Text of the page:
The School of Law was delighted to host a lecture by the Inspector of Prisons, Judge Michael Reilly entitled “Prisoners, Media and Society: The Inspector’s Perspective” on October 6th, 2016. The event was chaired by Dr. Seán Donlon, Chair of the Press Council of Ireland and former Chancellor of the University of Limerick. In his lecture, the Inspector explored the complex nature of the relationship between the media, public, prisoners and their families and reminded us of the importance of protecting the vulnerable in our society. The event was attended by members of the public, the Irish Prison Service, the Office of the Inspector of Prisons, solicitors, barristers, staff and students.
Following the lecture Judge Reilly was presented with a report entitled “Deaths of Prisoners while in the Custody of the Irish Prison Service; Developing an Irish Database”. This report and the resulting database was compiled by ten fourth year law students under the supervision of Prof. Shane Kilcommings and Dr. Eimear Spain. The students involved were Roisin Cahill, Blathnaid Christian O Shea, Maire Ciepierski , Caoilinn Doran, Cillian Flavin, Niall Foley, Michelle Kavanagh, Luke Mulcahy, Rachel O'Carroll and Stephen Strauss Walsh.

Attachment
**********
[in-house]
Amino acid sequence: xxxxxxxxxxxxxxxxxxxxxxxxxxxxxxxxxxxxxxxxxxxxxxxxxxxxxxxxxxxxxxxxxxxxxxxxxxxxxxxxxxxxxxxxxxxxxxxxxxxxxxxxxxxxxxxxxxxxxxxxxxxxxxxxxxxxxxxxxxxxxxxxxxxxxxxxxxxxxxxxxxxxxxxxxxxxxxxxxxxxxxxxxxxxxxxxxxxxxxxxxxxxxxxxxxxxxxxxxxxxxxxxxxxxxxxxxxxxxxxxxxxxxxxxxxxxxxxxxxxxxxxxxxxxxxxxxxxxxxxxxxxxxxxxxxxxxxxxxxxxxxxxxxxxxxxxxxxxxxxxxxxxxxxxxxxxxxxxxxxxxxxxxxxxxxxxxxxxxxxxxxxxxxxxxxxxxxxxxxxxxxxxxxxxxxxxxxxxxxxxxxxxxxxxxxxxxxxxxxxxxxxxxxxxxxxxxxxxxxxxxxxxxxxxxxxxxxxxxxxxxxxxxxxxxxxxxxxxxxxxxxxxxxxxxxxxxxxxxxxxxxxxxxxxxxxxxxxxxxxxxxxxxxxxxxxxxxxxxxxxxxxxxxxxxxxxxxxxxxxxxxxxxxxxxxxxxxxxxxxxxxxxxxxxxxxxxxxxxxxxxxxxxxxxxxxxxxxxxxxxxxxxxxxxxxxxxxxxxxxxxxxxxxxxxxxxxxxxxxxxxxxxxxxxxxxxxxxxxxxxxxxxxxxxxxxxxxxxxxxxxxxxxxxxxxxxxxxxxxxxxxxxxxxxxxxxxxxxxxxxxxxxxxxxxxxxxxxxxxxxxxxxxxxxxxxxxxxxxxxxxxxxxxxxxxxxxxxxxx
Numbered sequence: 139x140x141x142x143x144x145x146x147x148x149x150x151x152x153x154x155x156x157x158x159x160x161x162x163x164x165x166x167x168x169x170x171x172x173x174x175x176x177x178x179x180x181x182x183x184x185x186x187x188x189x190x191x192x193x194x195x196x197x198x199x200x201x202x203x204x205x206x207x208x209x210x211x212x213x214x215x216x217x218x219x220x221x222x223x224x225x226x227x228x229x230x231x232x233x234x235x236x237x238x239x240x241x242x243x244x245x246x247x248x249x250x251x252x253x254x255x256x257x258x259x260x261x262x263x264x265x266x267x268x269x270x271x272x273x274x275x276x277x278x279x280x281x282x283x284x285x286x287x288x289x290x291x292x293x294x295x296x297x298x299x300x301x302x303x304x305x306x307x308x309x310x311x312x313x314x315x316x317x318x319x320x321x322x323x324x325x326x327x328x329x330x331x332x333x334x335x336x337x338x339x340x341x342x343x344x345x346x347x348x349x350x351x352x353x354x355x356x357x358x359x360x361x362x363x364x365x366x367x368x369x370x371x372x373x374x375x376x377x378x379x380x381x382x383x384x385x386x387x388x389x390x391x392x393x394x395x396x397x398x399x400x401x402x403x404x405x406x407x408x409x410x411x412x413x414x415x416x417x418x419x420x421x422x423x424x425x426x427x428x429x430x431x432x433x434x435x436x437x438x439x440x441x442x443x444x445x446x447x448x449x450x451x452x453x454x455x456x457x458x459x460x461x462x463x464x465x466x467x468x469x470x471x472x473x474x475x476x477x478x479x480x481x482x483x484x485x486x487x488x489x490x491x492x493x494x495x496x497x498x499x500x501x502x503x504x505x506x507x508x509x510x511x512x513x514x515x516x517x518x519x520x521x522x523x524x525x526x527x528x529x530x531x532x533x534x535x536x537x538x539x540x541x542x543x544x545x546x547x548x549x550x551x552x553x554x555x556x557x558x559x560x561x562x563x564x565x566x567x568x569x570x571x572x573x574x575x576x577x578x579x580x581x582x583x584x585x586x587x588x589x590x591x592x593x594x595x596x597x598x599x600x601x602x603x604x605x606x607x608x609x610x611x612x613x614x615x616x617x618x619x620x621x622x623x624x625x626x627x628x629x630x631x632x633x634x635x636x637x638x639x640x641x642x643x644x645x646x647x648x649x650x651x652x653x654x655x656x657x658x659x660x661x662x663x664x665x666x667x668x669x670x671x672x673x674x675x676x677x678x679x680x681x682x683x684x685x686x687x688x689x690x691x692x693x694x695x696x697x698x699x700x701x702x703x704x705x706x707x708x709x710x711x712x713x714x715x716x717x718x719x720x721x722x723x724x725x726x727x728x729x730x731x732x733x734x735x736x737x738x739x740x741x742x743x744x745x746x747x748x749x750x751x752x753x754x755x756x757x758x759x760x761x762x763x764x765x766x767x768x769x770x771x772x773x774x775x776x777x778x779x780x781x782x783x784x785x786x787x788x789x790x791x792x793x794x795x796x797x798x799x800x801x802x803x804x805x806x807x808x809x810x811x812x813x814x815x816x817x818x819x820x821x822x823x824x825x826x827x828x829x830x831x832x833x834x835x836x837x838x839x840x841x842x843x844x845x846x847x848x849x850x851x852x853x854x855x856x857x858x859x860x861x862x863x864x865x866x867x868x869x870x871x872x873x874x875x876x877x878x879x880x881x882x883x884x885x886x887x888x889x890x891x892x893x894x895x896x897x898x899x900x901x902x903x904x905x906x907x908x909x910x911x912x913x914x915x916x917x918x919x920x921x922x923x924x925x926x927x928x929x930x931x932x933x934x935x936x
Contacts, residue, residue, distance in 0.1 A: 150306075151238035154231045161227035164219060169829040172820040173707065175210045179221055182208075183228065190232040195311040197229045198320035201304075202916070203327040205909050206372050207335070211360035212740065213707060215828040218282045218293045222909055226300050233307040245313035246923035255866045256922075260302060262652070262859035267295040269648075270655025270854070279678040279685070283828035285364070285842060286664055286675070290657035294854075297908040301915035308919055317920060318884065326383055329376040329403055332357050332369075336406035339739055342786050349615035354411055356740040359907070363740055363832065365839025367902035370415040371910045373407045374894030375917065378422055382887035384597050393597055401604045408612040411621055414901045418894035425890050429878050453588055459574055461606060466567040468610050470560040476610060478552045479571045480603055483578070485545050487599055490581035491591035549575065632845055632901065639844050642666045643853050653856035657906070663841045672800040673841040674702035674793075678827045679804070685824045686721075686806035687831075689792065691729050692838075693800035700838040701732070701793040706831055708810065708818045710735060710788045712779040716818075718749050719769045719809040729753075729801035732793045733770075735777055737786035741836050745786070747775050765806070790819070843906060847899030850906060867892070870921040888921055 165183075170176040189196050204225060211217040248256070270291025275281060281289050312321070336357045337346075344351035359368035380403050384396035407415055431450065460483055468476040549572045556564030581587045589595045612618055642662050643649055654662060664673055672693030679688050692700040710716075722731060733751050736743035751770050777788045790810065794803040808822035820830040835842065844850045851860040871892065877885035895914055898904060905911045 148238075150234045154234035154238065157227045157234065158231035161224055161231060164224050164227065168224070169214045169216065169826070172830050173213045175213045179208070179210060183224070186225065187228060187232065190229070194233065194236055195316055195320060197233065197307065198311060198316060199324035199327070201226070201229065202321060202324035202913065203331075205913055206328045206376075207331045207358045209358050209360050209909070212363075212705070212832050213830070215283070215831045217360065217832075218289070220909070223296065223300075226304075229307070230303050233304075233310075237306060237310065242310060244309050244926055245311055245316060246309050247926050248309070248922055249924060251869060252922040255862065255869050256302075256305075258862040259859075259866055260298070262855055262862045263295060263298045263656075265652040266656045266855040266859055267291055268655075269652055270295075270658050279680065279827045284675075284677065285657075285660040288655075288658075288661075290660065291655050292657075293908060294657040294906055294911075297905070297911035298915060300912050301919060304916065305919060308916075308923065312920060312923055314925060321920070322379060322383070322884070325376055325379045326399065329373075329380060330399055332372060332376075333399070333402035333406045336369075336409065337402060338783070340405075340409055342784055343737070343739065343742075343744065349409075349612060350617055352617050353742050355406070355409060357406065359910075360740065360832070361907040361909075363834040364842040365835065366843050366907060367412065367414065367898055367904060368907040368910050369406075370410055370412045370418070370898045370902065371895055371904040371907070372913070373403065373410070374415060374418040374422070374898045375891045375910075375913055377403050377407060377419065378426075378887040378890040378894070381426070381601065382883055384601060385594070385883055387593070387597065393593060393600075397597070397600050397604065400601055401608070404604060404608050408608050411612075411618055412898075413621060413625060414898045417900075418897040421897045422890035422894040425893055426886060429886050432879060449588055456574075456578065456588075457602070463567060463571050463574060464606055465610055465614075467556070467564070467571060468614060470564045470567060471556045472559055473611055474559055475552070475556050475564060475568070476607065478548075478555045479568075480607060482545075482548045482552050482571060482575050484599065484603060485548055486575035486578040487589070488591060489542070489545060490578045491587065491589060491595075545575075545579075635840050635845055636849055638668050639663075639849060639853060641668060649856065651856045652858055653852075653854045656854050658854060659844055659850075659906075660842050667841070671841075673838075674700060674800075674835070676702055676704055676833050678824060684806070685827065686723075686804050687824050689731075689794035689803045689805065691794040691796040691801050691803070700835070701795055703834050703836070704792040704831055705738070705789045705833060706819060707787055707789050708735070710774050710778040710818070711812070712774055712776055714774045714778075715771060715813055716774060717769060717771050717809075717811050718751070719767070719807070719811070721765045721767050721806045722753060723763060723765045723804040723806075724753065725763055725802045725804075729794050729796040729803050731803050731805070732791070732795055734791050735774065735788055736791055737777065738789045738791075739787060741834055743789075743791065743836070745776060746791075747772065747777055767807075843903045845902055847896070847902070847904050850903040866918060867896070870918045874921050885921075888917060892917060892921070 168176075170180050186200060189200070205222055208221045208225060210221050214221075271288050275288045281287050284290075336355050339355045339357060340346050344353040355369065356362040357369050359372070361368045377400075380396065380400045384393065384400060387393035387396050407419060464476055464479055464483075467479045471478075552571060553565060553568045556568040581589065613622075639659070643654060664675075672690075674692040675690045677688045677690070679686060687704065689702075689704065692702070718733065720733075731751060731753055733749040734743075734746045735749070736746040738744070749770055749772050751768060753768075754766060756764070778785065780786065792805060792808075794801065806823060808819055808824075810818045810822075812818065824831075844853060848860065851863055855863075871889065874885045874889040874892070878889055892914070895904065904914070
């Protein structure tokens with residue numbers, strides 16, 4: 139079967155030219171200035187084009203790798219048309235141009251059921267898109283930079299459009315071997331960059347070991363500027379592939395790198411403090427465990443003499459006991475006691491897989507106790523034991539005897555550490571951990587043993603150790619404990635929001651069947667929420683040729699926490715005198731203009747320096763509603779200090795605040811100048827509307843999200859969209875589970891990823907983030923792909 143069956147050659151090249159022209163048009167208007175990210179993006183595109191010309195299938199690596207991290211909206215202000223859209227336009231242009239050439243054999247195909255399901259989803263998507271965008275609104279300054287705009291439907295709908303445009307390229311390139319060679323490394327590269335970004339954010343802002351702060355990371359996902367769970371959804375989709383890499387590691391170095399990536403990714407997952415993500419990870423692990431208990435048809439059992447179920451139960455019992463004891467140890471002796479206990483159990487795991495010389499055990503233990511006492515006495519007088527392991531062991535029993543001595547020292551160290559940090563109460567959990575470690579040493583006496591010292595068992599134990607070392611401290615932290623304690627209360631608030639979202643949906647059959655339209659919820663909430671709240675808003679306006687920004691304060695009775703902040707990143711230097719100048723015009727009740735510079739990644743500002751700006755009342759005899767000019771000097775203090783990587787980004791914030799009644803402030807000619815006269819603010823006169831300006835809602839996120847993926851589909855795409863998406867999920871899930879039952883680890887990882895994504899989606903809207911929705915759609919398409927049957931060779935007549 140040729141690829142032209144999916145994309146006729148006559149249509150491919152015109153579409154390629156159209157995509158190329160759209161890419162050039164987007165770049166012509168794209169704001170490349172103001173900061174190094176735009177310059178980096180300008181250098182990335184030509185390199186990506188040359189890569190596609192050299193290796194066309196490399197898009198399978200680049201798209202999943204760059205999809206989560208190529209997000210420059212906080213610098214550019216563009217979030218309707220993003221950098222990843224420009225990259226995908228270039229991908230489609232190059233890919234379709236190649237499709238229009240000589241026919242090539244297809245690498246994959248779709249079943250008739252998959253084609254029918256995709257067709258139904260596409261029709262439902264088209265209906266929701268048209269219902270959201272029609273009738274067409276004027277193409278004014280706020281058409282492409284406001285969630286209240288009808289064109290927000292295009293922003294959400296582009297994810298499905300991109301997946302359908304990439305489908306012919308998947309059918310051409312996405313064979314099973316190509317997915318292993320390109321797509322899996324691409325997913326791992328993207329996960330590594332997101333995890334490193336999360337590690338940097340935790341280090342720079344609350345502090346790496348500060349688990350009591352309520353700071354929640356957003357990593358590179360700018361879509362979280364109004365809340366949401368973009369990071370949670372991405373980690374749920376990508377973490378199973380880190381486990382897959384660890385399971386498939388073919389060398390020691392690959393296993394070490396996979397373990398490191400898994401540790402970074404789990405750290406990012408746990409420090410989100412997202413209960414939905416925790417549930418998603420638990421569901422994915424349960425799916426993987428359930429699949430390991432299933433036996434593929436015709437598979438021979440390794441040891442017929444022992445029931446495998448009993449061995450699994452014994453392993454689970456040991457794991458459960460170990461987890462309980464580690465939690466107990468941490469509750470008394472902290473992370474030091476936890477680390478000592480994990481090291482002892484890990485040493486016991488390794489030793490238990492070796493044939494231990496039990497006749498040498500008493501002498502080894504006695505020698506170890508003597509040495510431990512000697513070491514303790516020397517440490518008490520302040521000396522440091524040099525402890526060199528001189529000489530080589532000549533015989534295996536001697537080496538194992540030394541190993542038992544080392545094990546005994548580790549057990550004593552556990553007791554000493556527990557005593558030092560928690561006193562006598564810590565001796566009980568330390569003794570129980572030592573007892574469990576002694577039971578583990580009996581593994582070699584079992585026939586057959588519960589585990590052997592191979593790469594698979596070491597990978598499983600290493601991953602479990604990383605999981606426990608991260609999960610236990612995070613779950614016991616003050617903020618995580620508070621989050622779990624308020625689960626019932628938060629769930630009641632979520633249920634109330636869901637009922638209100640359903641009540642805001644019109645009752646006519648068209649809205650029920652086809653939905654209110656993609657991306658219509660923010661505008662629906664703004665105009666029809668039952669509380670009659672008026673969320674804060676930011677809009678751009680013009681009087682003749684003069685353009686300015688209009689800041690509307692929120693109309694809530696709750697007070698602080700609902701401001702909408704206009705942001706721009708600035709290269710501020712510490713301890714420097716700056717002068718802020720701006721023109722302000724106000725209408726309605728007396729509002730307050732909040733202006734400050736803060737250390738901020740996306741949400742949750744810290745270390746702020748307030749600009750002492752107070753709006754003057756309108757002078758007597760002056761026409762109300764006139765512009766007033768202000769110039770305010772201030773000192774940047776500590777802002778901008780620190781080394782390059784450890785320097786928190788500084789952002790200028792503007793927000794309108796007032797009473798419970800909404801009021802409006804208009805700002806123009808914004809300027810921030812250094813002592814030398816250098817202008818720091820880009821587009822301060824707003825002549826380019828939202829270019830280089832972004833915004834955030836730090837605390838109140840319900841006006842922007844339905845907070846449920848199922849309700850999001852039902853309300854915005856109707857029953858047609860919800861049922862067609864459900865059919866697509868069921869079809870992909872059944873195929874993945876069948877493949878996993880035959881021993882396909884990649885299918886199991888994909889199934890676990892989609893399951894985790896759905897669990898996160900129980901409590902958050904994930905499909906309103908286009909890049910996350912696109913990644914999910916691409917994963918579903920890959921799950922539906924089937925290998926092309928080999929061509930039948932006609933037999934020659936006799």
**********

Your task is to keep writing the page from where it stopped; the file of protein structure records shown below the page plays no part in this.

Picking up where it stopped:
The students completed an extensive literature review on the recording of deaths in custody in other jurisdictions and made recommendations on the creation of a database in Ireland based on international best practice. Ultimately, they created the basic database which will be populated by the Inspector. The creation of the database will allow the Inspector to test mortality rates, identify risk factors, enable comparison with international norms and allow the Inspector to point to remedial action, where appropriate. The report will be presented to the Tánaiste and Minster for Justice, Frances Fitzgerald and will be an important resource for the Inspector and the state in the years to come, informing debate and public policy.
This project is an excellent example of co-operation between the School of Law and an important stakeholder in the Criminal Justice sector. The School was delighted to offer students the opportunity to engage with the Inspector of Prisons while advancing the public good and developing key skills which bridge the gap between academia and the real world.